A Long Time Coming Revised Edition

15 customer reviews
ISBN-13: 978-1586486075
ISBN-10: 1586486071
Why is ISBN important?
ISBN
This bar-code number lets you verify that you're getting exactly the right version or edition of a book. The 13-digit and 10-digit formats both work.
Scan an ISBN with your phone
Use the Amazon App to scan ISBNs and compare prices.
Have one to sell? Sell on Amazon
Buy used
$4.00
Buy new
$9.18
Amazon Price New from Used from
Hardcover, Bargain Price, January 9, 2009
"Please retry"
$9.18
$2.61 $0.01
More Buying Choices
9 New from $2.61 25 Used from $0.01

This is a bargain book and quantities are limited. Bargain books are new but could include a small mark from the publisher and an Amazon.com price sticker identifying them as such. Details
Free Two-Day Shipping for College Students with Amazon Student Free%20Two-Day%20Shipping%20for%20College%20Students%20with%20Amazon%20Student


InterDesign Brand Store Awareness Textbooks
$9.18 FREE Shipping on orders over $35. Only 1 left in stock. Ships from and sold by Amazon.com. Gift-wrap available.

Frequently Bought Together

A Long Time Coming + California Politics and Government: A Practical Approach
Price for both: $96.19

Buy the selected items together

Special Offers and Product Promotions


Editorial Reviews

From Booklist

*Starred Review* Newsweek editor Thomas gathered the gleanings of various Newsweek colleagues to create an adroitly distilled chronicle of the 2008 presidential campaign and the election of Barack Obama, the first African American president of the U.S. This easily devoured, crisply anecdotal account, spiked with revealing, side-of-the-mouth comments, charts the most cautious and reckless of political maneuverings and provides in-action portraits of the major players, both obvious and behind-the-scenes. Hillary Clinton is indecisive; Bill Clinton is “disastrous.” John McCain, crabby and truculent, allows his “inner Dennis the Menace” to take over. And, most vividly, here is Barack Obama, reflective and restrained, a “relentless self-improver” with a “think-first instinct” and “ironic detachment.” Thomas and company observe Obama meeting with his disciplined staff, writing his speeches longhand, prepping for debates, and striving to avoid the pitfalls of campaigning, from fatty food to taking the bait of adversaries. Readers catch telling glimpses of surefire Axelrod and the Obama nerd squad and are privy to inside-the-tent discussions of race and get-out-the-vote strategies. Thomas writes that Obama, an avid reader and gifted writer, sees himself as “a figure out of literature,” and, indeed, real-life stories don’t get more compelling than this. --Donna Seaman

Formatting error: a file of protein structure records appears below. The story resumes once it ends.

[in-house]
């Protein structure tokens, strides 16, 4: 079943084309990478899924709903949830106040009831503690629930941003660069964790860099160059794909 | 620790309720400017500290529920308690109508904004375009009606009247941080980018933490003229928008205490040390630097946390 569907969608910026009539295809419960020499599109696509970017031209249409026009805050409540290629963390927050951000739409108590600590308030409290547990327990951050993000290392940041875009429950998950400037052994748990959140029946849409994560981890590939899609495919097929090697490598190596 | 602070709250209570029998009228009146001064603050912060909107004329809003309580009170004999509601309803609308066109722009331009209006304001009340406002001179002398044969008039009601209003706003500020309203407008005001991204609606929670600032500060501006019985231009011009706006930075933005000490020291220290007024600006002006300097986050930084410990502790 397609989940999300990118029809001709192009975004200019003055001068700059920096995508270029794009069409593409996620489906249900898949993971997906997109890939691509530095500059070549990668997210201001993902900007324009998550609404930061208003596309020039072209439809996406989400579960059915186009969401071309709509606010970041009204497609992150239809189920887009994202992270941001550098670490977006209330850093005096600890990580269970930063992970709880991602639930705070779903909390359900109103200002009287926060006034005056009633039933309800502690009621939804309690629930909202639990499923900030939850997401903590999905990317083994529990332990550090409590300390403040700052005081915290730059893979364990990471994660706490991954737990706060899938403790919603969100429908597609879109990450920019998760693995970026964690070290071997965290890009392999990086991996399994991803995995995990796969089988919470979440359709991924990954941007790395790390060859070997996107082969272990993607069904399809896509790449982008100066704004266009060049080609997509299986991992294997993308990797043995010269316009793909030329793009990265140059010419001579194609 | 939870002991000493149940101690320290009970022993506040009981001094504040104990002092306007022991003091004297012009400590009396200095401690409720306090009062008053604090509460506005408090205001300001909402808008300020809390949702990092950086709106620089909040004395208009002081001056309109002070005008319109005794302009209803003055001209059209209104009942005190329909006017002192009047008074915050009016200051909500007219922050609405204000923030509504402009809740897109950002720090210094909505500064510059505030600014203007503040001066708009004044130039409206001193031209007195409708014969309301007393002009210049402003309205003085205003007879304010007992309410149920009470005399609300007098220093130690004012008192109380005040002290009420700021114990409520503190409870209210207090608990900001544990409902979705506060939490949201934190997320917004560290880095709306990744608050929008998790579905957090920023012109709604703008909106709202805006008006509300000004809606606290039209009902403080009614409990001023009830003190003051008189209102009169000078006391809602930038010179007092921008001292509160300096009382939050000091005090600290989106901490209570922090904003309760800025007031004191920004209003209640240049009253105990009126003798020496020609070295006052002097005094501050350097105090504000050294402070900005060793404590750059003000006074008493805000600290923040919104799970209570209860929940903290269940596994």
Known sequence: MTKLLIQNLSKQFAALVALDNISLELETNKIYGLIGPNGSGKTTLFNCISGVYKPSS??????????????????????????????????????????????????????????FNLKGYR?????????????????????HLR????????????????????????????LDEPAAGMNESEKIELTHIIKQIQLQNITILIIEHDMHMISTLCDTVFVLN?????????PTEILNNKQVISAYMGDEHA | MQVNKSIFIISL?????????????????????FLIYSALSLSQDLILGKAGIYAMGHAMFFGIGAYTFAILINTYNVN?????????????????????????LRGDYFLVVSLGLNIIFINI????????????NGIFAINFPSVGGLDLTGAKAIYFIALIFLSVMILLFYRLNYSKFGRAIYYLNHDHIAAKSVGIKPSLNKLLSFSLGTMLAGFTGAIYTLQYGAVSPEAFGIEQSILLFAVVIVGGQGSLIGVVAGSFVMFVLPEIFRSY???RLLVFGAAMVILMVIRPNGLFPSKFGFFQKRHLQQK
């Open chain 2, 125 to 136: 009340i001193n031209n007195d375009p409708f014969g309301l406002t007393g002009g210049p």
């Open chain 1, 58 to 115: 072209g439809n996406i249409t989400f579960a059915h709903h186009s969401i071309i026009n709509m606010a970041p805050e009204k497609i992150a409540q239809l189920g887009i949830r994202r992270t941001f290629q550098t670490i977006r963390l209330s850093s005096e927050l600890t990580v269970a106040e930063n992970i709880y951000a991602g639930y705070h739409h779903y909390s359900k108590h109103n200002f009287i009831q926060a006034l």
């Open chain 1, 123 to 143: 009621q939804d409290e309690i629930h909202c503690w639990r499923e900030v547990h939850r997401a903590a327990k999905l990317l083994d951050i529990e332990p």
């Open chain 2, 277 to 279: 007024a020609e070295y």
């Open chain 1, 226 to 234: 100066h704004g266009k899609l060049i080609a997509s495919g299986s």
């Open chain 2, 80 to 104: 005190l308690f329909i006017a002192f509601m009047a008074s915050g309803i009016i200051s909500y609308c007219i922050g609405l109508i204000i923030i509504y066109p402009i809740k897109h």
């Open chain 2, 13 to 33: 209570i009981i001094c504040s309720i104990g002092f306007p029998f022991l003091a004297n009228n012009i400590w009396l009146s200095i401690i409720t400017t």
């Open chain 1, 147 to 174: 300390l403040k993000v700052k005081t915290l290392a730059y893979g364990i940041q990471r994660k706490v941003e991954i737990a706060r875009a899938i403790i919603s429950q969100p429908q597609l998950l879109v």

Review

Alan Brinkley, New York Times Book Review, January 18, 2009
“For sheer speed and competence, the most impressive of these recent books is Evan Thomas's "Long Time Coming," compiled from the reporting of the political writers of Newsweek (a magazine for which I occasionally write). A perceptive, smoothly written, and generally fair minded account of both presidential campaigns, it is, nevertheless, a contribution to the creation of the superhero image that has surrounded Obama over the last six months."